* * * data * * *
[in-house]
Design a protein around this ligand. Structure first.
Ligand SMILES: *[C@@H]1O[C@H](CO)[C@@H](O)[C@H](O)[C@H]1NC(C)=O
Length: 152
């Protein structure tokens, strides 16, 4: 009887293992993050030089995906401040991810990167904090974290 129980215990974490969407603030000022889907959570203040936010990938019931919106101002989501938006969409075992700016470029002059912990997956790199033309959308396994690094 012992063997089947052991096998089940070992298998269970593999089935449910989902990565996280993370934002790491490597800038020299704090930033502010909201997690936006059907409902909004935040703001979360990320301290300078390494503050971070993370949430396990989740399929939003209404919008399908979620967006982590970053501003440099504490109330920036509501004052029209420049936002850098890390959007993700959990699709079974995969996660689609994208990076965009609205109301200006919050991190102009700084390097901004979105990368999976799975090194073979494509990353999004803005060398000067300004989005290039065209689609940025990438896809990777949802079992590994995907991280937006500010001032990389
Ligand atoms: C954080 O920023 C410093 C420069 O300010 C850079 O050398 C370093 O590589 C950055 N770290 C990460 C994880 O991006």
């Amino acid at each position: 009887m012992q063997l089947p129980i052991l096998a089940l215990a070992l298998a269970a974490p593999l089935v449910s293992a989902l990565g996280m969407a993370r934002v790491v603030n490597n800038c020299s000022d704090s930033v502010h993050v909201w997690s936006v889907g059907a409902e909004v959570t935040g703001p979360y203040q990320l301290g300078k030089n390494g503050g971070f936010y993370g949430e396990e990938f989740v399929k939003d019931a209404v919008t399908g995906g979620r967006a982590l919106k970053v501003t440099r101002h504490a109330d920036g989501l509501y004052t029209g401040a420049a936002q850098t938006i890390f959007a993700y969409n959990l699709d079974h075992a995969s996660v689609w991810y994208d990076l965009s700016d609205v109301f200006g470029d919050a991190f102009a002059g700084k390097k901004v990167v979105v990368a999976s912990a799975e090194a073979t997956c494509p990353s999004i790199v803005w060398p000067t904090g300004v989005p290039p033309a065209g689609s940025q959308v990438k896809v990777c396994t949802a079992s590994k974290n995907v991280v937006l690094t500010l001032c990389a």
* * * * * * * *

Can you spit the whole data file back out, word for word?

[in-house]
Design a protein around this ligand. Structure first.
Ligand SMILES: *[C@@H]1O[C@H](CO)[C@@H](O)[C@H](O)[C@H]1NC(C)=O
Length: 152
């Protein structure tokens, strides 16, 4: 009887293992993050030089995906401040991810990167904090974290 129980215990974490969407603030000022889907959570203040936010990938019931919106101002989501938006969409075992700016470029002059912990997956790199033309959308396994690094 012992063997089947052991096998089940070992298998269970593999089935449910989902990565996280993370934002790491490597800038020299704090930033502010909201997690936006059907409902909004935040703001979360990320301290300078390494503050971070993370949430396990989740399929939003209404919008399908979620967006982590970053501003440099504490109330920036509501004052029209420049936002850098890390959007993700959990699709079974995969996660689609994208990076965009609205109301200006919050991190102009700084390097901004979105990368999976799975090194073979494509990353999004803005060398000067300004989005290039065209689609940025990438896809990777949802079992590994995907991280937006500010001032990389
Ligand atoms: C954080 O920023 C410093 C420069 O300010 C850079 O050398 C370093 O590589 C950055 N770290 C990460 C994880 O991006």
């Amino acid at each position: 009887m012992q063997l089947p129980i052991l096998a089940l215990a070992l298998a269970a974490p593999l089935v449910s293992a989902l990565g996280m969407a993370r934002v790491v603030n490597n800038c020299s000022d704090s930033v502010h993050v909201w997690s936006v889907g059907a409902e909004v959570t935040g703001p979360y203040q990320l301290g300078k030089n390494g503050g971070f936010y993370g949430e396990e990938f989740v399929k939003d019931a209404v919008t399908g995906g979620r967006a982590l919106k970053v501003t440099r101002h504490a109330d920036g989501l509501y004052t029209g401040a420049a936002q850098t938006i890390f959007a993700y969409n959990l699709d079974h075992a995969s996660v689609w991810y994208d990076l965009s700016d609205v109301f200006g470029d919050a991190f102009a002059g700084k390097k901004v990167v979105v990368a999976s912990a799975e090194a073979t997956c494509p990353s999004i790199v803005w060398p000067t904090g300004v989005p290039p033309a065209g689609s940025q959308v990438k896809v990777c396994t949802a079992s590994k974290n995907v991280v937006l690094t500010l001032c990389a």